NAT2 gene is one of the most well-known genetic polymorphisms in humans and displays a large genetic variability among different ethnic groups. From the variation of alleles/haplotypes presented by NAT2 gene it is possible to establish slow, intermediate and fast phenotypes, and genotypes that may be related to many diseases. Considering the ethnic variation in the distribution of mutant alleles in world populations (literature data, Table 1) [26,56] two major groups are clearly distinct, with higher incidence of the alleles NAT2*5 and NAT2*7. The frequencies of these two variants are very similar in Caucasians, Indians and Africans (>0.100 and <0.150). Populations of the Pacific and East Asia and native American populations from Panama also present higher homogeneity in the frequency of alleles NAT2*5 and NAT2*7, ranging from <0.099 to >0.04, respectively. Allele NAT2*6 presents higher frequency in Caucasians and are defined as slow acetylators; in contrast, some Asians-Japanese, Koreans and Chinese—present intermediate frequencies of NAT2*6 (Table 1). Allele NAT2*14 appears to be characteristic of Sub-Sahara Africans and Afro-Americans (Table 1).

Table 1. NAT2 allele frequencies in worldwide populations.

Emphasis must be given to the high frequencies of alleles NAT2*7 and NAT2*12 among Native Americans and Sub-Sahara Africans, respectively; the first allele is defined as substrate-dependent slow acetylator and the second as fast acetylator ( transferase-gene-nomencla-ture) [18]. Populations of the East Asia present higher proportion of allele NAT2*4 – among Koreans the frequency reaches almost 70% [27]— whereas populations of the African sub-Sahara present the lowest frequencies of allele NAT2*12, which is also defined as fast acetylator. According to Sabbagh et al. (2008) derived haplotypes related to fast acetylator phenotype (cluster NAT2*12), are found mainly in Africa and are particularly frequent in Baka and among Bakola pygmies that display a proportion of fast acetylators similar to East Asians (83% and 90%, respectively) [53].

Besides of being useful in association studies in casecontrol samples with complex diseases, these polymorphisms may be used for population studies which are still not common. The Brazilian population, resulting from five centuries of miscegenation among Amerindians, Africans and Europeans (mainly Portuguese), presents a particular picture of the world distribution as regards the variation of alleles frequencies (NAT2*5, NAT2*7, NAT*12 and NAT2*14) of gene NAT2 [56,57]. This indicates that this polymorphism may also be used to characterize the intraand inter-ethnic genetic diversity [58] and ancestry of recent populations. Indeed, as they are not selectively neutral (coding regions) they may be useful in evolution models to test the natural selection probably driven by lifestyle and dietary habits of the population [28,47,53].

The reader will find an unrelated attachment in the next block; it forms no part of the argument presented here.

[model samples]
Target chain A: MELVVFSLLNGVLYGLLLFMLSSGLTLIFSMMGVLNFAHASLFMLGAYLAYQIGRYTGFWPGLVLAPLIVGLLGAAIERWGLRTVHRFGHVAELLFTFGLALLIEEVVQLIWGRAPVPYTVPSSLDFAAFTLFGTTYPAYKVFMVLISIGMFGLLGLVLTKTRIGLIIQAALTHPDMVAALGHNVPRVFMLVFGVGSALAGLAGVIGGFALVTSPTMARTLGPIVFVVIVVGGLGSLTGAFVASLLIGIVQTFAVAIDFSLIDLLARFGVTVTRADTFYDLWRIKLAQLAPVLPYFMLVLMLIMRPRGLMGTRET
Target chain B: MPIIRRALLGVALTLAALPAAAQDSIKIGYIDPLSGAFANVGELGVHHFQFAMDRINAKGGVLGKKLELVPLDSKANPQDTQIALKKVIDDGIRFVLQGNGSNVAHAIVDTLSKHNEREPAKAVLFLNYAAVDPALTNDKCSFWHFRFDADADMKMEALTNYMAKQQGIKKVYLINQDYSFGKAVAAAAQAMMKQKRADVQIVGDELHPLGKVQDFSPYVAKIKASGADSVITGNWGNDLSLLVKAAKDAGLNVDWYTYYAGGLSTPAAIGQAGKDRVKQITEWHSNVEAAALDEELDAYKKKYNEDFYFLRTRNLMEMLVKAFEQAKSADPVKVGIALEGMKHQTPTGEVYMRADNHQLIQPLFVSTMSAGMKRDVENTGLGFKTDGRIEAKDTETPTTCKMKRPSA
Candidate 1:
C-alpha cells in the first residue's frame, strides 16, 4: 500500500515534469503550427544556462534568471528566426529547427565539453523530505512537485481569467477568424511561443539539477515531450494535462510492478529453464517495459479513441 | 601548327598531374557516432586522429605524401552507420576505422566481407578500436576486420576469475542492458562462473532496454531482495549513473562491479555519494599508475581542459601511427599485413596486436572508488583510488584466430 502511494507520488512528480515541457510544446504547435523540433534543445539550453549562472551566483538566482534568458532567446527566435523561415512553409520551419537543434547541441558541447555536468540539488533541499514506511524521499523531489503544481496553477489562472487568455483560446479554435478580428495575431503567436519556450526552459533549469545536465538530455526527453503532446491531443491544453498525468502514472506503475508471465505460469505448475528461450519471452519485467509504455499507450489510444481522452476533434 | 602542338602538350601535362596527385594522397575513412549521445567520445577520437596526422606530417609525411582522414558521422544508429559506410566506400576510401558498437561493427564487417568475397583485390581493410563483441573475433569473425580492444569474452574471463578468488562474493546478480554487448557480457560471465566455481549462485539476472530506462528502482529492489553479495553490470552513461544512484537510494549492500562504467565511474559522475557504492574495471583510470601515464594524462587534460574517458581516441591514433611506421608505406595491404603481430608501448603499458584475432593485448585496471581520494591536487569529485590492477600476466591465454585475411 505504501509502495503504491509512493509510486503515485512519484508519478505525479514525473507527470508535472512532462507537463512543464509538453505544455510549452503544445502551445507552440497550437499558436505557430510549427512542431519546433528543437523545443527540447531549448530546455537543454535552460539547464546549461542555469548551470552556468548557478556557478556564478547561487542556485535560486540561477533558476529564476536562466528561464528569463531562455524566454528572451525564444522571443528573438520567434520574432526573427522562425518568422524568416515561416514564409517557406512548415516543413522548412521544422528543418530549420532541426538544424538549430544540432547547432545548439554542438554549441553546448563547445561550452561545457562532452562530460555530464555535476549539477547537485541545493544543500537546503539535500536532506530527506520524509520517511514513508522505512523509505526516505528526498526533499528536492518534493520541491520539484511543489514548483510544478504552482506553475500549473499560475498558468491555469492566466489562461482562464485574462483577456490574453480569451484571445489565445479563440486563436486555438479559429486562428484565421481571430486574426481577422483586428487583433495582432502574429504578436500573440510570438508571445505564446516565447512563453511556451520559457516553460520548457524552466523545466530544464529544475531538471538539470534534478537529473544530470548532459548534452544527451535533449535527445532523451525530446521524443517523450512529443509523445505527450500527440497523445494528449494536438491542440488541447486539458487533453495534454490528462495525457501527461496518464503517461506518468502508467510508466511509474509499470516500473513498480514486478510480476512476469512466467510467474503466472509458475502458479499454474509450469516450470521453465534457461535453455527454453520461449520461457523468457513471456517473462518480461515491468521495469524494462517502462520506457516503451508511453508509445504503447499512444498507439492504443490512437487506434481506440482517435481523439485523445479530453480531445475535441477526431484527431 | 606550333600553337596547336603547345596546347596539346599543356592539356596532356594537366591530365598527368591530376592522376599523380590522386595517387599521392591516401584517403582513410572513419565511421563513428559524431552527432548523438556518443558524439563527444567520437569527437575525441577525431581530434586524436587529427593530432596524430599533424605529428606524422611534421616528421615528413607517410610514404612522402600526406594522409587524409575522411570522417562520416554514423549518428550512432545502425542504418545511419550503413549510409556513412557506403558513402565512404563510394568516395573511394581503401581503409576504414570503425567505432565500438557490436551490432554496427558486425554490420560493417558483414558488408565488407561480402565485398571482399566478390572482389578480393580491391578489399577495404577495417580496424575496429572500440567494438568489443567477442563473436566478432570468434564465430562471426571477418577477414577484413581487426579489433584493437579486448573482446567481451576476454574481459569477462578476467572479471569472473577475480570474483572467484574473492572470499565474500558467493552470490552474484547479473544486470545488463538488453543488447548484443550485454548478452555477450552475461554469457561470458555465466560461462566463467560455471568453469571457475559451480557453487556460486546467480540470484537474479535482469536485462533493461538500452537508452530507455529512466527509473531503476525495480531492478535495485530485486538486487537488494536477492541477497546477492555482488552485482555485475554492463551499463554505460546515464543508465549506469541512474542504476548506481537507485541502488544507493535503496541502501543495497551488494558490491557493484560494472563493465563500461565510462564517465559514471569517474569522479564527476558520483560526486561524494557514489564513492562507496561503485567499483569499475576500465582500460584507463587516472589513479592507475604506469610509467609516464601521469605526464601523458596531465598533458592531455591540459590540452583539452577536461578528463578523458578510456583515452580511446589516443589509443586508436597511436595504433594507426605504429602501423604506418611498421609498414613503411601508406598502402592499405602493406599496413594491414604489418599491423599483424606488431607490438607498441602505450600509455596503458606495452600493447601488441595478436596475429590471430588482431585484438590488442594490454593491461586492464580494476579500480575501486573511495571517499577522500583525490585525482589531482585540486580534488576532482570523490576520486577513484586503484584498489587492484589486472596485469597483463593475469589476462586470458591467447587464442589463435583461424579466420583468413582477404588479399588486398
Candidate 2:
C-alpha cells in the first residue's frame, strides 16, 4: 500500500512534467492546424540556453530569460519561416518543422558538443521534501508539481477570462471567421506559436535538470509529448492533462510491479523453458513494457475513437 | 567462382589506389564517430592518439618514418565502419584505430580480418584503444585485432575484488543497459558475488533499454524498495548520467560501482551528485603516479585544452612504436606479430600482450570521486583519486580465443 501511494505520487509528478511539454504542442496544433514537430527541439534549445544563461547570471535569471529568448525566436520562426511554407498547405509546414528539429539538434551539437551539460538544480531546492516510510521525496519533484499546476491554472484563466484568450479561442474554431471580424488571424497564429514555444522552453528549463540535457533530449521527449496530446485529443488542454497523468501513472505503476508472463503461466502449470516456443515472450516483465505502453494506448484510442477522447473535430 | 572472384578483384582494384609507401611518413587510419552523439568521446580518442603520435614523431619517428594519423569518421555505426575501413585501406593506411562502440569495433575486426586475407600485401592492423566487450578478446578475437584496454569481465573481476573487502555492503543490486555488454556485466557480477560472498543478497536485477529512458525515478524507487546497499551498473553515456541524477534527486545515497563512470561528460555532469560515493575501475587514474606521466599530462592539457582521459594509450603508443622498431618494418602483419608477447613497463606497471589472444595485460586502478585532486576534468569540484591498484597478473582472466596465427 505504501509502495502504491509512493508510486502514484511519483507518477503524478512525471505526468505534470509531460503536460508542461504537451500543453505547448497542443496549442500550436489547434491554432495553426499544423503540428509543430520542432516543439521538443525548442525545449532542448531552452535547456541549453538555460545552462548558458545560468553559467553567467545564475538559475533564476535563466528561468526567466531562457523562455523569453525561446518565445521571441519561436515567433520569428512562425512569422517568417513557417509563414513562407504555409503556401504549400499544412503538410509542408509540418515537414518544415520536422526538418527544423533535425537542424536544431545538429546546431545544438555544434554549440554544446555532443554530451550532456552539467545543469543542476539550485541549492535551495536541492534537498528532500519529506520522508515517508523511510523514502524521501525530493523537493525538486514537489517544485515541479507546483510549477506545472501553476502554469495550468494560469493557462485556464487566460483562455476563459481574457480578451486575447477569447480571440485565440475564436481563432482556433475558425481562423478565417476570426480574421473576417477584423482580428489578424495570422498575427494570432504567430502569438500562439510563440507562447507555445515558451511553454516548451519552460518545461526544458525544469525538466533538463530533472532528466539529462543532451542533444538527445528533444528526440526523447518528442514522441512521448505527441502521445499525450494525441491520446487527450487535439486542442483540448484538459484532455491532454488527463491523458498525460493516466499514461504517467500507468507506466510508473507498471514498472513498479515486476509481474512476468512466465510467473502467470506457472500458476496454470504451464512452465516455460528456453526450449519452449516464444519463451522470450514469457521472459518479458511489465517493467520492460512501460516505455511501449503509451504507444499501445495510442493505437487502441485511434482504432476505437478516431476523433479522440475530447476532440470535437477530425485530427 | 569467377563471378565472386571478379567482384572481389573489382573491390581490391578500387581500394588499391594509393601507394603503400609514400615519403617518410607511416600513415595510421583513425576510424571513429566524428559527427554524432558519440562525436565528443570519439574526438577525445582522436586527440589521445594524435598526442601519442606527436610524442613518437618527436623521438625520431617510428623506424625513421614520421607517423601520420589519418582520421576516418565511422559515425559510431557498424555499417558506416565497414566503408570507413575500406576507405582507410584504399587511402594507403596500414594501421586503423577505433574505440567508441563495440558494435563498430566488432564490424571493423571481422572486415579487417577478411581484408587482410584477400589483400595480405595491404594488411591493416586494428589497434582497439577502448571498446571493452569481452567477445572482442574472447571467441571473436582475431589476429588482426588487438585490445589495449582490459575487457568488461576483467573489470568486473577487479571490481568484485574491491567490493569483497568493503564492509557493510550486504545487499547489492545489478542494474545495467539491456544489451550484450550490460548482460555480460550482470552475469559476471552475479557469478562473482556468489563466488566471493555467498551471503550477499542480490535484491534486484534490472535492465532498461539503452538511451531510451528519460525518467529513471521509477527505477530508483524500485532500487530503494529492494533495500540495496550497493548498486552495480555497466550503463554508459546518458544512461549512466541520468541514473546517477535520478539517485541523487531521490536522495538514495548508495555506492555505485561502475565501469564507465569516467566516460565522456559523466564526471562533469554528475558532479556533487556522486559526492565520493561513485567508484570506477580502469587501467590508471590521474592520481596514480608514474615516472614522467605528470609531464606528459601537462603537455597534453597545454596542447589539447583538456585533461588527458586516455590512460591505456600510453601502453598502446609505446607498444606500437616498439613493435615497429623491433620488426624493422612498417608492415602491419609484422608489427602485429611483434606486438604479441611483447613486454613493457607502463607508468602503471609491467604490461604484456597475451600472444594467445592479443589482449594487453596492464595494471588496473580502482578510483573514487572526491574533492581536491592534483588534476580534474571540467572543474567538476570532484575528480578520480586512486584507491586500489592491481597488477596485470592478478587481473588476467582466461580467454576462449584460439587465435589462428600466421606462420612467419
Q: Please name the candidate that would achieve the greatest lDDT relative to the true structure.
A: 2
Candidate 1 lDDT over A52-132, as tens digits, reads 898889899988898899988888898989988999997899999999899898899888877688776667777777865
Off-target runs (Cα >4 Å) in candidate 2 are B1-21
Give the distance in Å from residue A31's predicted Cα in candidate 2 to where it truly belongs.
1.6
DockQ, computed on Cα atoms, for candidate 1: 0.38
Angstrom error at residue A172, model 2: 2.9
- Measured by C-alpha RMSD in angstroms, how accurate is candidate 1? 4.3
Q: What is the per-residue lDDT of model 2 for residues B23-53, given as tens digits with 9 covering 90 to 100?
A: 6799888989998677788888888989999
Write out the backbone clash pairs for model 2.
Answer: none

Currently there are some limiting factors that restrict the use of this polymorphism. The first one concerns the obtaining method. In the future, the PCR/RFLP technique must be complemented with the sequencing, which will lead to a substantial increase of the number of variants in world populations. The second is the functional analysis which should be implemented to define the acetylation pattern of new variants.


The evaluation of genetic polymorphisms of xenobiotic metabolizing enzymes is an important tool in the cancer susceptibility study. In this context, some alleles or genotypes have been related with a higher or lower predisposition to the development of this morbidity. As previously stated, due to the biological role of NAT2, capacity of reacting with environmental carcinogens such as polycyclic aromatic hydrocarbons (PAHs), aromatic amines (AAs), heterocyclic amines (HAs) and nitrosamines (NAs), many studies have investigated the relation between different genetic polymorphisms in NAT2 and cancer. The genetic variation in the expression of this enzyme in different individuals has also been classified into several phenotypes, i.e., slow, intermediate or fast acetylation, which may be relevant in the determination of susceptibility to diseases.